Many workrooms prefer to calculate yardage for designers for every order. This is fine as long as you are paid for the time you spend on estimates. In this case, it also is necessary for you to educate them on all the information they must supply in order for you to prepare a complete estimate.
Often resentment builds in a workroom for that extra time it spends with designers because it is not financially compensated for it. As a legitimate business out to make a profit, you cannot afford to give away the time you need to spend fabricating and making money. There is a fine line between providing the training necessary to use your workroom and providing the extra training and consultation to competently sell window treatments.
A certain amount of instruction and education should be covered in your overall charges. Of course, any business that appears to give beyond what is expected is bound to attract loyal customers, designers or not. The key word here is appears. If you were really to give away your time and knowledge because it's expected, then resentment will build as your profit declines. You won't enjoy what you are doing and you will likely put the blame where it doesn't belong. If you want to offer the extra help and knowledge a designer wants or expects, then charge for it, but explain your pricing structure so the designer understands what his or her money is buying.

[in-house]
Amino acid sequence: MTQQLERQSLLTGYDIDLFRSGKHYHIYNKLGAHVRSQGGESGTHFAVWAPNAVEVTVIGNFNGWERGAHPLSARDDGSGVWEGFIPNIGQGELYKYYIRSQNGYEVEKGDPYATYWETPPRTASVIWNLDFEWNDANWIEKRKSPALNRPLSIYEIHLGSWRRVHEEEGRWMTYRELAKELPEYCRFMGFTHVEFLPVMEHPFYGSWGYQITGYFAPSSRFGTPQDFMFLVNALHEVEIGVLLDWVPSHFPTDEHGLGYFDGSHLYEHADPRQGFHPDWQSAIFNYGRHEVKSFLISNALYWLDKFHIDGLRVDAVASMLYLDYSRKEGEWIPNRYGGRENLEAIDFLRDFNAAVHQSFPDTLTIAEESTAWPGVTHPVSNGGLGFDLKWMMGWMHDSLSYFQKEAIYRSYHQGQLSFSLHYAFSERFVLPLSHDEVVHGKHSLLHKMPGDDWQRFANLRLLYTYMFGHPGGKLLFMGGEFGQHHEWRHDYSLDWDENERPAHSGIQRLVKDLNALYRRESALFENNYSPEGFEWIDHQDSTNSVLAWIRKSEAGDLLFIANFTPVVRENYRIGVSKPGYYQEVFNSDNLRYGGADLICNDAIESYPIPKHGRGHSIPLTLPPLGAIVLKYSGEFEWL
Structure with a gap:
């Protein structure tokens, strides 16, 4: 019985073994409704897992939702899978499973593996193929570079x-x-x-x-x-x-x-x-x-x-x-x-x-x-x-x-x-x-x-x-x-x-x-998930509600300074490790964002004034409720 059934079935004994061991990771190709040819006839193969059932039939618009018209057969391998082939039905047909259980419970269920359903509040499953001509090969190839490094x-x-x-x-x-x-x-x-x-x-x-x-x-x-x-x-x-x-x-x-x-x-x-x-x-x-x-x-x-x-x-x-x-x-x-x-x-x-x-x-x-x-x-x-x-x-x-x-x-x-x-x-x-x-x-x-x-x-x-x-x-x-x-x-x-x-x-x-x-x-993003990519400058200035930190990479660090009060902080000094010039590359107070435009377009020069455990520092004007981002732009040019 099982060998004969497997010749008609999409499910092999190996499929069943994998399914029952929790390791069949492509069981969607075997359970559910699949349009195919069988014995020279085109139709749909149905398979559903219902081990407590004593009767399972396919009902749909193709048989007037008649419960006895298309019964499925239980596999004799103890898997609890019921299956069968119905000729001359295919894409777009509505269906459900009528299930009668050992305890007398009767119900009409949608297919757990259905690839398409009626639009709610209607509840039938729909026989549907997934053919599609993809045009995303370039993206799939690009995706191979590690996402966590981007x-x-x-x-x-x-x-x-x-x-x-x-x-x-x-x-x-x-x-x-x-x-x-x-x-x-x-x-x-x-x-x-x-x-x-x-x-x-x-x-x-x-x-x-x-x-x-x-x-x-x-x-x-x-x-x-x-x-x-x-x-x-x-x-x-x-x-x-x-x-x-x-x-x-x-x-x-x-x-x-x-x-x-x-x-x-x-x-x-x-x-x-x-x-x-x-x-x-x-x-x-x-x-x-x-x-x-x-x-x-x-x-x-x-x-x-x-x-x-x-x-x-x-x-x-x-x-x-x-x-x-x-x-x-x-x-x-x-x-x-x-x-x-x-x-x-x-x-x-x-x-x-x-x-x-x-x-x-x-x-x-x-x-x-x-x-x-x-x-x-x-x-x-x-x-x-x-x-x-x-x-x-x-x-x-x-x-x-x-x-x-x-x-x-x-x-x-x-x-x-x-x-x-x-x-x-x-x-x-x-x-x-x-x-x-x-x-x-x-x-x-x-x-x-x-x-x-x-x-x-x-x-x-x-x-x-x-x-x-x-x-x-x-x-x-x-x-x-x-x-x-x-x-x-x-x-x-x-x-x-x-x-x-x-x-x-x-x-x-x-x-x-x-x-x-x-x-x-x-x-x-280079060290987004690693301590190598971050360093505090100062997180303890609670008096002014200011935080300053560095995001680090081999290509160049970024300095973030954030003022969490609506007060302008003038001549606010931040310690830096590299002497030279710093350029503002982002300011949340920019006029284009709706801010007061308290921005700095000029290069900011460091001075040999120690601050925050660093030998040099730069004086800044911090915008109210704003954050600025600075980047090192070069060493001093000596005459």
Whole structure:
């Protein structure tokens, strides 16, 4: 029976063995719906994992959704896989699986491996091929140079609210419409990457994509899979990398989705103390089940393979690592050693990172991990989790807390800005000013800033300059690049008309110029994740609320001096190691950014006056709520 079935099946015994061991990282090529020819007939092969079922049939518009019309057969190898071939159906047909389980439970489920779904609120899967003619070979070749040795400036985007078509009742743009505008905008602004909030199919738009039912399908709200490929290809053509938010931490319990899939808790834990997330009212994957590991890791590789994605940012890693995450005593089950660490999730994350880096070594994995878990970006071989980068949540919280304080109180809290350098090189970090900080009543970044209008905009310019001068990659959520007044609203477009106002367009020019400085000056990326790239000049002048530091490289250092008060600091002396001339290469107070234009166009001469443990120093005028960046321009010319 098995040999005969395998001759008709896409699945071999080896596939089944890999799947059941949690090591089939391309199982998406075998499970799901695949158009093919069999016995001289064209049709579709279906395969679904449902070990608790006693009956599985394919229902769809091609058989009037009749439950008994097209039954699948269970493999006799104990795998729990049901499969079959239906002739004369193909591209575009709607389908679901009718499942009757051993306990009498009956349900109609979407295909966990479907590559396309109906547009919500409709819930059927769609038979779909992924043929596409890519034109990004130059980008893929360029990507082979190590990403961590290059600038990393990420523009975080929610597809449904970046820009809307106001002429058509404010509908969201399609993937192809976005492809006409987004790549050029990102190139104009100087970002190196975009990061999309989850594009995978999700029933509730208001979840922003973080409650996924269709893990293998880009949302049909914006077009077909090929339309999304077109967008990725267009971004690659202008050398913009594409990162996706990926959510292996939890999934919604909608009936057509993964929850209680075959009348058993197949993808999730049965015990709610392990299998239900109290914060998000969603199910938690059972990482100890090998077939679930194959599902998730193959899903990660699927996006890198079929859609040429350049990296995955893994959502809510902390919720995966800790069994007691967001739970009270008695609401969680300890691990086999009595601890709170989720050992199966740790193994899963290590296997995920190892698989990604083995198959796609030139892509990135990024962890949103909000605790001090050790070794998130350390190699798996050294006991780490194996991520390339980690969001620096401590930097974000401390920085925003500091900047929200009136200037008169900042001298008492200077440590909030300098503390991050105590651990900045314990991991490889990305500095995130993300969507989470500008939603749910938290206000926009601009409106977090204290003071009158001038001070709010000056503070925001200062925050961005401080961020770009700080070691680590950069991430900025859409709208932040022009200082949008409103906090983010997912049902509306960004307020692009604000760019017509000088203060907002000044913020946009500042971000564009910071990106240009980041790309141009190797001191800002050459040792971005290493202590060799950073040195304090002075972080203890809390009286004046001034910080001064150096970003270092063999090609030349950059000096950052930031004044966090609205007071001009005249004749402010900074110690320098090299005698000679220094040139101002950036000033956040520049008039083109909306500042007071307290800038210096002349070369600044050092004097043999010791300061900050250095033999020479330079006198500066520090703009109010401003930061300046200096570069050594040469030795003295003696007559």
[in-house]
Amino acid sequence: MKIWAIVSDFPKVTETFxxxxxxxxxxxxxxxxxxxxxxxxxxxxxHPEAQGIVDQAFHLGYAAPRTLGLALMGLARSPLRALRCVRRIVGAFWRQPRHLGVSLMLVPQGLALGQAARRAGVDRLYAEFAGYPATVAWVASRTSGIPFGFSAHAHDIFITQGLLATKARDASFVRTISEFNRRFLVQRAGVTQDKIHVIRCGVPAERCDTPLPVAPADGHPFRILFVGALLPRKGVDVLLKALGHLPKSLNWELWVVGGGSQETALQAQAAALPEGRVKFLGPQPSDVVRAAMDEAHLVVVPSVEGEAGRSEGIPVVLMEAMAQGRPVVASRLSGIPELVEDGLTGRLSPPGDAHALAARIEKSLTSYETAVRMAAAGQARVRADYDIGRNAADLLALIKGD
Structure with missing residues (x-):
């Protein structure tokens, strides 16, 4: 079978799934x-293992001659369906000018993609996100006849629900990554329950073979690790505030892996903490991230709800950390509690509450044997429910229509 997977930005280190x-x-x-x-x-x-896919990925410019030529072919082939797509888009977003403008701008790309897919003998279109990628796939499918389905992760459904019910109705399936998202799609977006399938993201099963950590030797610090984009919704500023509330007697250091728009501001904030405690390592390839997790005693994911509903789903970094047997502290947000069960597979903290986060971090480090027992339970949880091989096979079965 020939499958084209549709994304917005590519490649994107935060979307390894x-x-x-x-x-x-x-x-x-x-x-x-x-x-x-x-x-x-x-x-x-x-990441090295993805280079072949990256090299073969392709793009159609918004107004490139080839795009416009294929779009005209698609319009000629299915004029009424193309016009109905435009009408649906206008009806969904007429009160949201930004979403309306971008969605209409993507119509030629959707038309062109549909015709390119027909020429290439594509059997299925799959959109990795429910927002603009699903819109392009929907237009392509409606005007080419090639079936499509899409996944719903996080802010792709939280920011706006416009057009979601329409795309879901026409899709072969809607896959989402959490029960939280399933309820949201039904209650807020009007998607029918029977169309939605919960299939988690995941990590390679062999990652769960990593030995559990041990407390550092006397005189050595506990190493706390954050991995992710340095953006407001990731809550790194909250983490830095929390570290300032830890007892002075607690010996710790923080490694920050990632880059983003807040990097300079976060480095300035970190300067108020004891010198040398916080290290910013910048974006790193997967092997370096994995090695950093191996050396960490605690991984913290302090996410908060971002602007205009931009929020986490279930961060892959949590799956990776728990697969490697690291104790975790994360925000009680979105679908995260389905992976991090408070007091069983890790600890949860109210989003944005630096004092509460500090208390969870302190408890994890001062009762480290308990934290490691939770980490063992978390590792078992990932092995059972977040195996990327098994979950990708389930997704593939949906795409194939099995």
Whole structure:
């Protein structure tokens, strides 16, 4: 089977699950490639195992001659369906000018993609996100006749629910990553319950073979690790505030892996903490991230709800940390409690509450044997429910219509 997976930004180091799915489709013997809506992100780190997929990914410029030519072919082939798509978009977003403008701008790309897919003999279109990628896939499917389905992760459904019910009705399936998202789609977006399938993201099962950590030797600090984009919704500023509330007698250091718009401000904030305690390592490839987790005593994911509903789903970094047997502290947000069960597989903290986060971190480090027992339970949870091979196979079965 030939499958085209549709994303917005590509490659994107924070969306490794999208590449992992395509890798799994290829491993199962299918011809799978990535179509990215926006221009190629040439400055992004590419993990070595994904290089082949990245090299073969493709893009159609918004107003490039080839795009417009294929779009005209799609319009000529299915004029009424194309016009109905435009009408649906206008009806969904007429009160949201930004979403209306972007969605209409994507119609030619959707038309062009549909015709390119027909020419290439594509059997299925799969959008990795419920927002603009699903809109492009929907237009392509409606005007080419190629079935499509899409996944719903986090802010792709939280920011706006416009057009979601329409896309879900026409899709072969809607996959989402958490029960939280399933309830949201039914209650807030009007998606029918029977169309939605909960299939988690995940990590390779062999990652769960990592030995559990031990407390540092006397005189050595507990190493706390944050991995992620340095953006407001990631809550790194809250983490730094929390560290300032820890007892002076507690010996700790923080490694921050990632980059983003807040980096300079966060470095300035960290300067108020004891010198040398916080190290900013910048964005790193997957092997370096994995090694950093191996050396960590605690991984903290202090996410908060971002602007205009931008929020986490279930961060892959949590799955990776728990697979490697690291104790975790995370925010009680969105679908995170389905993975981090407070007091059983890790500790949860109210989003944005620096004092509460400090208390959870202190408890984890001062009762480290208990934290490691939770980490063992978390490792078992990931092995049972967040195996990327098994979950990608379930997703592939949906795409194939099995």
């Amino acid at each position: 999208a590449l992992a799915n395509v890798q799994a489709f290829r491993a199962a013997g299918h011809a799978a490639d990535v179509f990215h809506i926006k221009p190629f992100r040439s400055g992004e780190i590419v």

It's a fact, educating and coaching your designer clients always will be necessary. You must be financially compensated for this time one way or another.
Be genuinely interested and concerned about and for your clients. Developing a relationship of respect and trust with clients is the core of a good business. Many of your problems and aggravations can be eliminated by solving their problems first.
Consider the case of a client who regularly is making costly mistakes, which happens much too frequently. Now consider the deadly effect that can have on your business. Maybe the client is willing to pay for all the rework and alterations (which should be the case), but it's causing severe stress on your work schedule. Did it also occur to you that if the designer continues making the mistakes, he or she may likely go out of business? Then you will lose not just the alterations, but all the designer's work.